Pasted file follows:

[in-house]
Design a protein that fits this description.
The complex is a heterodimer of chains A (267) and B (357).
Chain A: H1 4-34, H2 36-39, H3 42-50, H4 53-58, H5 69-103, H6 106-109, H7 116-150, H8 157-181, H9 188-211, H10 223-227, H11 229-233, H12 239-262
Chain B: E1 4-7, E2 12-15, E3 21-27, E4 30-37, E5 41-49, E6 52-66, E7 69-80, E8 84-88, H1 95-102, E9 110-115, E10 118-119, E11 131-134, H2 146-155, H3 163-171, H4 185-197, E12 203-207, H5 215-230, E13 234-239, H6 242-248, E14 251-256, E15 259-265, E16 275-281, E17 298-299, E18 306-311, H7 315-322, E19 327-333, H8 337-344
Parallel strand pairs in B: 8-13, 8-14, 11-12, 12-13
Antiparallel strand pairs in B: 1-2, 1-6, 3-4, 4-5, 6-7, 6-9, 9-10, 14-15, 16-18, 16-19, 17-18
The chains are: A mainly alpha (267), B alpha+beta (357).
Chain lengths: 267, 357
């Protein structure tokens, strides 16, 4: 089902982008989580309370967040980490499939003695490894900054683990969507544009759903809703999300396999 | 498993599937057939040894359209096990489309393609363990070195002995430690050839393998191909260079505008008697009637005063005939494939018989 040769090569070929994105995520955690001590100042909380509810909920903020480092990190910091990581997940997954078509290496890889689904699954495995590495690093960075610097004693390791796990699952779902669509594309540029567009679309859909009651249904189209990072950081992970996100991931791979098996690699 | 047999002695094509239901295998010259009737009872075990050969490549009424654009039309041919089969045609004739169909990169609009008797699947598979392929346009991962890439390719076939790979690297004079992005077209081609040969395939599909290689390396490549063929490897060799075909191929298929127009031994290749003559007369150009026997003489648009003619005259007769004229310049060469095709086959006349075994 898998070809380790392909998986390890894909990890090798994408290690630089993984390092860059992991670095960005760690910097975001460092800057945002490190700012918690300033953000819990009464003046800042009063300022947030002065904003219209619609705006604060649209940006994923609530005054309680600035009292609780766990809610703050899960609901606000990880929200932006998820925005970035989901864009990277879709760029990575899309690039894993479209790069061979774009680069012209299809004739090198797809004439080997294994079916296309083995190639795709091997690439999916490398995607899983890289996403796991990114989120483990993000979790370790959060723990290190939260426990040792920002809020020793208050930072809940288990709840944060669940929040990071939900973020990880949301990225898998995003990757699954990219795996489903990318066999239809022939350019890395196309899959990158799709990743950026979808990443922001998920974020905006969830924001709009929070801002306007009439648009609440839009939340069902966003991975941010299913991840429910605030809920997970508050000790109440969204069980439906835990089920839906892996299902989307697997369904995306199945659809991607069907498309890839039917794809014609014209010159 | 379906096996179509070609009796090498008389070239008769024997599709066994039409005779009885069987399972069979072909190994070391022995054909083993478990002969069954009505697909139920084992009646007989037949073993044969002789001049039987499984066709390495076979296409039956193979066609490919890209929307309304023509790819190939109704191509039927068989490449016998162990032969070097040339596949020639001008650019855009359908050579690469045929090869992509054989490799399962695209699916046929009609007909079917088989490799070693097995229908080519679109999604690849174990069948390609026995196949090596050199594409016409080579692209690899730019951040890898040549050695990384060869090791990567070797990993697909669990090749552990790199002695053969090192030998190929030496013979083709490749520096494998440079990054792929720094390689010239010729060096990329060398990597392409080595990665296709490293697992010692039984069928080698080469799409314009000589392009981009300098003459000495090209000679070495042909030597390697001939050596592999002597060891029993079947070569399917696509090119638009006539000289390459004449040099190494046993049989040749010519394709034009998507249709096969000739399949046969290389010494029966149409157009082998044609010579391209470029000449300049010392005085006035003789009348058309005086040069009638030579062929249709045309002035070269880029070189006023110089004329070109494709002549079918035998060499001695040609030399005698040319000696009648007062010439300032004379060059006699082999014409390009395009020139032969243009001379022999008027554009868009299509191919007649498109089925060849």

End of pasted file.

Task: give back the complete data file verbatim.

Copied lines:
[in-house]
Design a protein that fits this description.
The complex is a heterodimer of chains A (267) and B (357).
Chain A: H1 4-34, H2 36-39, H3 42-50, H4 53-58, H5 69-103, H6 106-109, H7 116-150, H8 157-181, H9 188-211, H10 223-227, H11 229-233, H12 239-262
Chain B: E1 4-7, E2 12-15, E3 21-27, E4 30-37, E5 41-49, E6 52-66, E7 69-80, E8 84-88, H1 95-102, E9 110-115, E10 118-119, E11 131-134, H2 146-155, H3 163-171, H4 185-197, E12 203-207, H5 215-230, E13 234-239, H6 242-248, E14 251-256, E15 259-265, E16 275-281, E17 298-299, E18 306-311, H7 315-322, E19 327-333, H8 337-344
Parallel strand pairs in B: 8-13, 8-14, 11-12, 12-13
Antiparallel strand pairs in B: 1-2, 1-6, 3-4, 4-5, 6-7, 6-9, 9-10, 14-15, 16-18, 16-19, 17-18
The chains are: A mainly alpha (267), B alpha+beta (357).
Chain lengths: 267, 357
């Protein structure tokens, strides 16, 4: 089902982008989580309370967040980490499939003695490894900054683990969507544009759903809703999300396999 | 498993599937057939040894359209096990489309393609363990070195002995430690050839393998191909260079505008008697009637005063005939494939018989 040769090569070929994105995520955690001590100042909380509810909920903020480092990190910091990581997940997954078509290496890889689904699954495995590495690093960075610097004693390791796990699952779902669509594309540029567009679309859909009651249904189209990072950081992970996100991931791979098996690699 | 047999002695094509239901295998010259009737009872075990050969490549009424654009039309041919089969045609004739169909990169609009008797699947598979392929346009991962890439390719076939790979690297004079992005077209081609040969395939599909290689390396490549063929490897060799075909191929298929127009031994290749003559007369150009026997003489648009003619005259007769004229310049060469095709086959006349075994 898998070809380790392909998986390890894909990890090798994408290690630089993984390092860059992991670095960005760690910097975001460092800057945002490190700012918690300033953000819990009464003046800042009063300022947030002065904003219209619609705006604060649209940006994923609530005054309680600035009292609780766990809610703050899960609901606000990880929200932006998820925005970035989901864009990277879709760029990575899309690039894993479209790069061979774009680069012209299809004739090198797809004439080997294994079916296309083995190639795709091997690439999916490398995607899983890289996403796991990114989120483990993000979790370790959060723990290190939260426990040792920002809020020793208050930072809940288990709840944060669940929040990071939900973020990880949301990225898998995003990757699954990219795996489903990318066999239809022939350019890395196309899959990158799709990743950026979808990443922001998920974020905006969830924001709009929070801002306007009439648009609440839009939340069902966003991975941010299913991840429910605030809920997970508050000790109440969204069980439906835990089920839906892996299902989307697997369904995306199945659809991607069907498309890839039917794809014609014209010159 | 379906096996179509070609009796090498008389070239008769024997599709066994039409005779009885069987399972069979072909190994070391022995054909083993478990002969069954009505697909139920084992009646007989037949073993044969002789001049039987499984066709390495076979296409039956193979066609490919890209929307309304023509790819190939109704191509039927068989490449016998162990032969070097040339596949020639001008650019855009359908050579690469045929090869992509054989490799399962695209699916046929009609007909079917088989490799070693097995229908080519679109999604690849174990069948390609026995196949090596050199594409016409080579692209690899730019951040890898040549050695990384060869090791990567070797990993697909669990090749552990790199002695053969090192030998190929030496013979083709490749520096494998440079990054792929720094390689010239010729060096990329060398990597392409080595990665296709490293697992010692039984069928080698080469799409314009000589392009981009300098003459000495090209000679070495042909030597390697001939050596592999002597060891029993079947070569399917696509090119638009006539000289390459004449040099190494046993049989040749010519394709034009998507249709096969000739399949046969290389010494029966149409157009082998044609010579391209470029000449300049010392005085006035003789009348058309005086040069009638030579062929249709045309002035070269880029070189006023110089004329070109494709002549079918035998060499001695040609030399005698040319000696009648007062010439300032004379060059006699082999014409390009395009020139032969243009001379022999008027554009868009299509191919007649498109089925060849």